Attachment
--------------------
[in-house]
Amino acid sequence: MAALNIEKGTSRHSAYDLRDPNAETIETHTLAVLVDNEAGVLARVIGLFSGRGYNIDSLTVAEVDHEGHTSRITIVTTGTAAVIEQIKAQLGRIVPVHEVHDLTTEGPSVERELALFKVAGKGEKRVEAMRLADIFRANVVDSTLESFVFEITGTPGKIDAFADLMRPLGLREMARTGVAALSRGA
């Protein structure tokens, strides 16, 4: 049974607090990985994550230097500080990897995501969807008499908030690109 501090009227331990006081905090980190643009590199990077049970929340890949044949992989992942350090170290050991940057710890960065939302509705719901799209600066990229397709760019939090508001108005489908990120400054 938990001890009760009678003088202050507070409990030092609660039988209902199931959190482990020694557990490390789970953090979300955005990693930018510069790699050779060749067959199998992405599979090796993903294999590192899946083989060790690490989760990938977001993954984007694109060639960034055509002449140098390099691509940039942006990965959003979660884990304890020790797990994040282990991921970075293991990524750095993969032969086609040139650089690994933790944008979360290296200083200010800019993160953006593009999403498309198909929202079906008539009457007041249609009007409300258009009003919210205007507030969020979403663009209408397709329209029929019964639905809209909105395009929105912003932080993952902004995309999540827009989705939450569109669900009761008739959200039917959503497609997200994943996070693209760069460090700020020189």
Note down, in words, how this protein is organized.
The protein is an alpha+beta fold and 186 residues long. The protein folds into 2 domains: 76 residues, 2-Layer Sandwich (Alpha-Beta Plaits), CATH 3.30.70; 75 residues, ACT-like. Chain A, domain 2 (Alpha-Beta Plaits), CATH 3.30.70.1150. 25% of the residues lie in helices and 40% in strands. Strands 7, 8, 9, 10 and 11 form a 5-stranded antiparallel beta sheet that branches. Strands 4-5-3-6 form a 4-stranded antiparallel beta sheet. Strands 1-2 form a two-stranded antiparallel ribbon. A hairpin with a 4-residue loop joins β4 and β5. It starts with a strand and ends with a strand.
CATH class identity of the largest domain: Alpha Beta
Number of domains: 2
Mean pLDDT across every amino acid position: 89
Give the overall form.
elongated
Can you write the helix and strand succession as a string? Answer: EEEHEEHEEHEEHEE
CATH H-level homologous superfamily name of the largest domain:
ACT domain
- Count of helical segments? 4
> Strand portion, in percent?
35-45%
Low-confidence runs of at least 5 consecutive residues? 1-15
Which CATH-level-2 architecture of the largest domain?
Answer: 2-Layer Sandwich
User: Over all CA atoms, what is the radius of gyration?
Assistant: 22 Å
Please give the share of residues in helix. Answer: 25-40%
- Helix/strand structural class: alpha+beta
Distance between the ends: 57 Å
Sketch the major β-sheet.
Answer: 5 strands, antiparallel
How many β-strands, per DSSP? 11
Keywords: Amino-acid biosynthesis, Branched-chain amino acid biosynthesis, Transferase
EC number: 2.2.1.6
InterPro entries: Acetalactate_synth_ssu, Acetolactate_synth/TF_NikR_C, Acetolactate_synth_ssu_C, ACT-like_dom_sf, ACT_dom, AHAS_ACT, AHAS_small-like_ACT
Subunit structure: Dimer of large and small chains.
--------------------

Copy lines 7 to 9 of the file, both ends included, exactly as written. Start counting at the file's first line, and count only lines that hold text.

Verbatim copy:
Number of domains: 2
Mean pLDDT across every amino acid position: 89
Give the overall form.